Washington State head coach Mike Leach has taken some lumps over the past few years.
There was that mess at Texas Tech in 2009, where he was dismissed for insubordination because he reportedly refused to apologize to Adam James—the son of then-ESPN college football analyst Craig James—after abuse allegations surfaced.
Leach has also been portrayed as an eccentric who has an affinity for pirate-themed office decor.
Leach is a little out of the box for sure, but after a two-year sabbatical from coaching due to his perceived toxicity, Leach was hired by Washington State and things appeared to be back to normal.
But last November, receiver Marquess Wilson wrote a long, rambling letter in which he claimed "physical, emotional and verbal abuse [were] being allowed in the locker room and on the field." In mid-December, Wilson recanted those allegations, according to a Yahoo!Sports report.
It's 2013 and Leach's name has been cleared in the Wilson incident, but now Leach's reputation is being questioned again, only this time it's by a high school coach.
According to a report by the Dallas Morning News, DeSoto High School head coach Claude Mathis has decided that "Washington State isn't welcome at DeSoto any longer."
According to Mathis, Leach pulled a scholarship offer to defensive back Myron Turner, who had been committed to Washington State since last October. The report states that Turner took his official visit to Pullman, WA last weekend and that since his verbal commitment to the Cougars was made, he "has spurned all other suitors."
The Dallas Morning News elaborates:
Mathis got a call on Monday that Washington State was no longer going to honor its offer, deciding to go with a bigger safety. Mathis thought the new offer was to a junior college prospect that could start right away. That might not be the case; Amarillo Palo Duro safety Montrel Meander (6-3, 185) received an offer from Washington State and committed last weekend.
Of course, that's just one side of the story, and this report seems to indicate that perhaps it was Turner who made the decision to decommit from Washington State. Unfortunately, Leach can't defend himself nor comment on the matter since NCAA rules prohibit coaches from commenting about unsigned prospects.
So basically, a high school coach can allege a "dirty rotten scoundrel" charge at a head coach and not get called out for it if it's simply not true.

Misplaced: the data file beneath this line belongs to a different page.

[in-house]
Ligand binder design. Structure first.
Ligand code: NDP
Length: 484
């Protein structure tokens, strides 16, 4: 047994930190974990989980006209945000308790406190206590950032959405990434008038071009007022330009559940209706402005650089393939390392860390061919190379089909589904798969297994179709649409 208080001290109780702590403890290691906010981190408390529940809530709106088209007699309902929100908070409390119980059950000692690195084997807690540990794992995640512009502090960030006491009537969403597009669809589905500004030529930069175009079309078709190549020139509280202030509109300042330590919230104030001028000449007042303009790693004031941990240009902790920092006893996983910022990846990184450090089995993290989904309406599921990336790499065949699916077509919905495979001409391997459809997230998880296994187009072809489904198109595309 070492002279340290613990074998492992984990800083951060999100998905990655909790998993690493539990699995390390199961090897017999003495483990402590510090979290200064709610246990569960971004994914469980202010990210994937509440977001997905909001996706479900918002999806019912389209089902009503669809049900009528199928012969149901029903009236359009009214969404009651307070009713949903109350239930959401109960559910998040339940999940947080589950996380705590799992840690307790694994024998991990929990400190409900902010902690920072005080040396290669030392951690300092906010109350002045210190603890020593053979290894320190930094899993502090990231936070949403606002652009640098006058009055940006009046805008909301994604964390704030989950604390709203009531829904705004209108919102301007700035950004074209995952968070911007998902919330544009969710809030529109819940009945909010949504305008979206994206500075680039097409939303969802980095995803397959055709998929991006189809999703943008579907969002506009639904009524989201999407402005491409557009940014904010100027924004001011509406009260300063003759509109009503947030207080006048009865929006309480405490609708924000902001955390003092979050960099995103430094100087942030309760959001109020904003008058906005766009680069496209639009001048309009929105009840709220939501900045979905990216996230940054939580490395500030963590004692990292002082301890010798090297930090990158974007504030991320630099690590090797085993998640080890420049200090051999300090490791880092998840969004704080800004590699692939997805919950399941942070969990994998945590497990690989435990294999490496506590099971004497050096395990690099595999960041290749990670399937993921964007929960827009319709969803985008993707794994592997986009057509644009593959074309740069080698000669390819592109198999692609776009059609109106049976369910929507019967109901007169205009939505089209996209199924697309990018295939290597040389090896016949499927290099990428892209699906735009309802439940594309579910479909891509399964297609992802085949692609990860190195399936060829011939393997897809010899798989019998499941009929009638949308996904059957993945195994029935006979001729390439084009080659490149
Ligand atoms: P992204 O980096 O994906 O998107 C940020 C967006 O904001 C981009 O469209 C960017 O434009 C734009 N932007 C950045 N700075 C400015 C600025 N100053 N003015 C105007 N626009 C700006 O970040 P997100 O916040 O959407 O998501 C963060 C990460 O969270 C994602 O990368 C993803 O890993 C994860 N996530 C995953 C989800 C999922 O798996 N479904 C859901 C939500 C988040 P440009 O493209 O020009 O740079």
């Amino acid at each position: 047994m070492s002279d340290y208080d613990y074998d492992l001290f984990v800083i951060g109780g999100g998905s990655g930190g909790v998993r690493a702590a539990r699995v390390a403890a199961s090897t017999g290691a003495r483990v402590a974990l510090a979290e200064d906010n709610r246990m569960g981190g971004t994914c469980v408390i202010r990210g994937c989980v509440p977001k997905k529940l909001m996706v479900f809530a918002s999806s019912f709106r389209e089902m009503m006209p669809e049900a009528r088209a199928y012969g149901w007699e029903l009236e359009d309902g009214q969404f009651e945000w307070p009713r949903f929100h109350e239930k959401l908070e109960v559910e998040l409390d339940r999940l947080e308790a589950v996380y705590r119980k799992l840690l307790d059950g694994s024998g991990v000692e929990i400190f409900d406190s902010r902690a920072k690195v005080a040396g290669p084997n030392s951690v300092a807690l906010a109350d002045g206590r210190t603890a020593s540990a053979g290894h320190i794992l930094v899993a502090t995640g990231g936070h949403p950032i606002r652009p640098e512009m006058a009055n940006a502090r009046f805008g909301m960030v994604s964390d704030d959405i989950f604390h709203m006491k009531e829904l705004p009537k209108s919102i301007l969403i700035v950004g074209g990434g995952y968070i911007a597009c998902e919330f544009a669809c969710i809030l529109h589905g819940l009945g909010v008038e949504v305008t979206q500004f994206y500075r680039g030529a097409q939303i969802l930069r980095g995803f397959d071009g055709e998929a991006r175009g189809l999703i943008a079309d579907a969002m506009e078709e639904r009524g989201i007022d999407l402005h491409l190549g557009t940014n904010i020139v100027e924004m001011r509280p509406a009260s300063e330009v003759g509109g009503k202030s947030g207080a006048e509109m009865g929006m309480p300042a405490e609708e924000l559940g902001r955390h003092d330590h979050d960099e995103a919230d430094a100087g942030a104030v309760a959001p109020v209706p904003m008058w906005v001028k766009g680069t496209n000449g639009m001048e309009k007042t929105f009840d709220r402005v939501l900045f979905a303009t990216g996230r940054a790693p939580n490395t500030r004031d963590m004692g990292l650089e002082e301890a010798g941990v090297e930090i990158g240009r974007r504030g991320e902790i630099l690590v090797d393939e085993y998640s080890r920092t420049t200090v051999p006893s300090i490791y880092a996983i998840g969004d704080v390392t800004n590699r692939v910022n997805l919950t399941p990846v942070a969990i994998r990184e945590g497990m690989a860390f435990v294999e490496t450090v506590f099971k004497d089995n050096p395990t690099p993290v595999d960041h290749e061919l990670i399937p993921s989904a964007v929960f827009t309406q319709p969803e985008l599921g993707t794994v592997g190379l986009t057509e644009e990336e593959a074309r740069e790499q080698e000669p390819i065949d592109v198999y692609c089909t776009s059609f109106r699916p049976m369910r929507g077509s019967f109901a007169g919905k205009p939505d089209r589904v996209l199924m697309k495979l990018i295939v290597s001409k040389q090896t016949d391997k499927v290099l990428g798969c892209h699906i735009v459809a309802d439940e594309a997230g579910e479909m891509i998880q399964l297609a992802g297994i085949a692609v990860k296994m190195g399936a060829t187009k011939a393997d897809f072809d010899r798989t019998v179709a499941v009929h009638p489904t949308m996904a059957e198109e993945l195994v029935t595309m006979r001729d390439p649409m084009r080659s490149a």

Is that fair?
Probably not, but recruiting can be an oily business.
Still, one has to ask why Leach, if Mathis' claims are true, would pull an offer to a kid who has been a long time commit? Why would the school pay for an official visit up to Pullman and then yank an offer?
Leach, due to his head coaching days at Texas Tech, has built pipelines into college football's most fertile recruiting grounds. DeSoto High School is a suburb of Dallas, TX.
Why would Leach risk alienating his access to those Texas schools?
It's possible that Leach found a better prospect to commit and pulled Turner's offer, as Mathis' claim seems to indicate in that Dallas Morning News report.
It's conceivable that Leach offered Turner a gray shirt and the kid didn't want to wait.
It's also plausible that Turner didn't tell Mathis the full story or perhaps did something that caused Leach to renege on his offer.
Then again, it's entirely possible that Leach pulled his scholarship because a more coveted recruit was willing to commit to the Cougars and Leach didn't need Turner anymore. But a quick look at Washington State's commit list indicates that, while safety Montrel Meander did commit on January 20, he's a 2-star defensive back, while Turner is a 3-star defensive back.
That does not compute.
Right now, Leach and the school won't comment on the matter. If or when Turner signs a letter of intent with another school, we may finally hear Leach's side of the story.
I had the opportunity to hold a one-on-one interview with Leach last year and while he is quirky, he is also a very smart man. He knows he has baggage, but that's a result of what he perceives as an inaccurate and damaging public portrayal of him by his former employer and ESPN.
To his credit, Leach received some satisfaction and was granted a temporary restoration of his reputation after Wilson's serious allegations were recanted.
Despite being an easy target, Leach is ostensibly not letting this latest recruiting incident stop him from bringing Washington State football back to prominence.
And to those who dare to challenge Leach's mission or question his tactics?
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